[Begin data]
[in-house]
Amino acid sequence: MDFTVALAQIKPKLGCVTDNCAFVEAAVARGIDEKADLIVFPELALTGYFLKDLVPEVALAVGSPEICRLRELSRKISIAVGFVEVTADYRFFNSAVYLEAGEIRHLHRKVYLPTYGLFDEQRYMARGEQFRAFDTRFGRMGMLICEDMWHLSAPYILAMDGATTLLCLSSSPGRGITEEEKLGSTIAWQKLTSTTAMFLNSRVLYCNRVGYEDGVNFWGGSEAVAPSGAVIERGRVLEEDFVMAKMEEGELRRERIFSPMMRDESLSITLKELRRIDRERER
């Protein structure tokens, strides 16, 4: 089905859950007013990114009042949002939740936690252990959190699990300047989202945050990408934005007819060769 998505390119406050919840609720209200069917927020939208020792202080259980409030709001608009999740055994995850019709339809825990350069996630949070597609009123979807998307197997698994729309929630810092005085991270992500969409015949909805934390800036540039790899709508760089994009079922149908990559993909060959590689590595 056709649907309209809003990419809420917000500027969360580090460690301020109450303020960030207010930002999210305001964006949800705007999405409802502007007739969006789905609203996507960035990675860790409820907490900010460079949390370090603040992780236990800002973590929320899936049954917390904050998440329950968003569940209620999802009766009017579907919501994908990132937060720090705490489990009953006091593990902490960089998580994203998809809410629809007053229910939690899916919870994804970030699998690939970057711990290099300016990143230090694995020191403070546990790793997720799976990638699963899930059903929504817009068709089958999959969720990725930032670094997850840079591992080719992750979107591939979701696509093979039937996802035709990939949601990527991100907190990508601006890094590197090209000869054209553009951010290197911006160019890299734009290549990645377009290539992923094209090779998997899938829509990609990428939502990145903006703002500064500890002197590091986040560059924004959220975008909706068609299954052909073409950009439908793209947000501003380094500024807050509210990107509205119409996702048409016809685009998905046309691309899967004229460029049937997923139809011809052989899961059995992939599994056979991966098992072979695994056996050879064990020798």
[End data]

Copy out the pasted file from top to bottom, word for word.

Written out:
[in-house]
Amino acid sequence: MDFTVALAQIKPKLGCVTDNCAFVEAAVARGIDEKADLIVFPELALTGYFLKDLVPEVALAVGSPEICRLRELSRKISIAVGFVEVTADYRFFNSAVYLEAGEIRHLHRKVYLPTYGLFDEQRYMARGEQFRAFDTRFGRMGMLICEDMWHLSAPYILAMDGATTLLCLSSSPGRGITEEEKLGSTIAWQKLTSTTAMFLNSRVLYCNRVGYEDGVNFWGGSEAVAPSGAVIERGRVLEEDFVMAKMEEGELRRERIFSPMMRDESLSITLKELRRIDRERER
């Protein structure tokens, strides 16, 4: 089905859950007013990114009042949002939740936690252990959190699990300047989202945050990408934005007819060769 998505390119406050919840609720209200069917927020939208020792202080259980409030709001608009999740055994995850019709339809825990350069996630949070597609009123979807998307197997698994729309929630810092005085991270992500969409015949909805934390800036540039790899709508760089994009079922149908990559993909060959590689590595 056709649907309209809003990419809420917000500027969360580090460690301020109450303020960030207010930002999210305001964006949800705007999405409802502007007739969006789905609203996507960035990675860790409820907490900010460079949390370090603040992780236990800002973590929320899936049954917390904050998440329950968003569940209620999802009766009017579907919501994908990132937060720090705490489990009953006091593990902490960089998580994203998809809410629809007053229910939690899916919870994804970030699998690939970057711990290099300016990143230090694995020191403070546990790793997720799976990638699963899930059903929504817009068709089958999959969720990725930032670094997850840079591992080719992750979107591939979701696509093979039937996802035709990939949601990527991100907190990508601006890094590197090209000869054209553009951010290197911006160019890299734009290549990645377009290539992923094209090779998997899938829509990609990428939502990145903006703002500064500890002197590091986040560059924004959220975008909706068609299954052909073409950009439908793209947000501003380094500024807050509210990107509205119409996702048409016809685009998905046309691309899967004229460029049937997923139809011809052989899961059995992939599994056979991966098992072979695994056996050879064990020798």